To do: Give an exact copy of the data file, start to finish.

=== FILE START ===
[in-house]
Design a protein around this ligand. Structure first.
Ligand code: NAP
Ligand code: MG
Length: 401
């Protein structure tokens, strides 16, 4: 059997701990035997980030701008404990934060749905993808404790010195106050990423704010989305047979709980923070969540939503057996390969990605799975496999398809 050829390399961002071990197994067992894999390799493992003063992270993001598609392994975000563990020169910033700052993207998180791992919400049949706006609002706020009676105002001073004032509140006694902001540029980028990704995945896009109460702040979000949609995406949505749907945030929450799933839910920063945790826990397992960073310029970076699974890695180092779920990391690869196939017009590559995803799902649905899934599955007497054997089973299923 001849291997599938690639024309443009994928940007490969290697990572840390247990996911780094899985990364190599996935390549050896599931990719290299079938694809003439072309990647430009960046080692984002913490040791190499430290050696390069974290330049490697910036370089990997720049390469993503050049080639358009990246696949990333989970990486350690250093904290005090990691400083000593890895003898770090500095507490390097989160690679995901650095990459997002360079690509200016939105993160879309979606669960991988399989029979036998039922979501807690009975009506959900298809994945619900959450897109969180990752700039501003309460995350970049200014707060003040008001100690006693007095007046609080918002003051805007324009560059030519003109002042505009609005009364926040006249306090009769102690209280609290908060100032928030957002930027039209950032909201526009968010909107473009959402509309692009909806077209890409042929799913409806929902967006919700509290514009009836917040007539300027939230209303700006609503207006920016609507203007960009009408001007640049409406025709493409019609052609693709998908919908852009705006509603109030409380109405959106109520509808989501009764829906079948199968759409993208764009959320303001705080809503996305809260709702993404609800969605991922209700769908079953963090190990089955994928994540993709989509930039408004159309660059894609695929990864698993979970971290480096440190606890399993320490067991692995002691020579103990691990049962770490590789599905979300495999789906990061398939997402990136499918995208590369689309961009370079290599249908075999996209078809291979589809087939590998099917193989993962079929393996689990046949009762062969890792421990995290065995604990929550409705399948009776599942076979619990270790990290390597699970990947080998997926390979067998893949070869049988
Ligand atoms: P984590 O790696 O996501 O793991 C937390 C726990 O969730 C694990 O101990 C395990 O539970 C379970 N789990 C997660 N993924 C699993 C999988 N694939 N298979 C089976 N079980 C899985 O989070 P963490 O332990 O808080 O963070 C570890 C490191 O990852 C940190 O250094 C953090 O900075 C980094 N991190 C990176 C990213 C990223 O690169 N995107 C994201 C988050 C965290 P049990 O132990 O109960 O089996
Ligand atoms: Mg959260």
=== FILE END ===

[in-house]
Design a protein around this ligand. Structure first.
Ligand code: NAP
Ligand code: MG
Length: 401
């Protein structure tokens, strides 16, 4: 059997701990035997980030701008404990934060749905993808404790010195106050990423704010989305047979709980923070969540939503057996390969990605799975496999398809 050829390399961002071990197994067992894999390799493992003063992270993001598609392994975000563990020169910033700052993207998180791992919400049949706006609002706020009676105002001073004032509140006694902001540029980028990704995945896009109460702040979000949609995406949505749907945030929450799933839910920063945790826990397992960073310029970076699974890695180092779920990391690869196939017009590559995803799902649905899934599955007497054997089973299923 001849291997599938690639024309443009994928940007490969290697990572840390247990996911780094899985990364190599996935390549050896599931990719290299079938694809003439072309990647430009960046080692984002913490040791190499430290050696390069974290330049490697910036370089990997720049390469993503050049080639358009990246696949990333989970990486350690250093904290005090990691400083000593890895003898770090500095507490390097989160690679995901650095990459997002360079690509200016939105993160879309979606669960991988399989029979036998039922979501807690009975009506959900298809994945619900959450897109969180990752700039501003309460995350970049200014707060003040008001100690006693007095007046609080918002003051805007324009560059030519003109002042505009609005009364926040006249306090009769102690209280609290908060100032928030957002930027039209950032909201526009968010909107473009959402509309692009909806077209890409042929799913409806929902967006919700509290514009009836917040007539300027939230209303700006609503207006920016609507203007960009009408001007640049409406025709493409019609052609693709998908919908852009705006509603109030409380109405959106109520509808989501009764829906079948199968759409993208764009959320303001705080809503996305809260709702993404609800969605991922209700769908079953963090190990089955994928994540993709989509930039408004159309660059894609695929990864698993979970971290480096440190606890399993320490067991692995002691020579103990691990049962770490590789599905979300495999789906990061398939997402990136499918995208590369689309961009370079290599249908075999996209078809291979589809087939590998099917193989993962079929393996689990046949009762062969890792421990995290065995604990929550409705399948009776599942076979619990270790990290390597699970990947080998997926390979067998893949070869049988
Ligand atoms: P984590 O790696 O996501 O793991 C937390 C726990 O969730 C694990 O101990 C395990 O539970 C379970 N789990 C997660 N993924 C699993 C999988 N694939 N298979 C089976 N079980 C899985 O989070 P963490 O332990 O808080 O963070 C570890 C490191 O990852 C940190 O250094 C953090 O900075 C980094 N991190 C990176 C990213 C990223 O690169 N995107 C994201 C988050 C965290 P049990 O132990 O109960 O089996
Ligand atoms: Mg959260």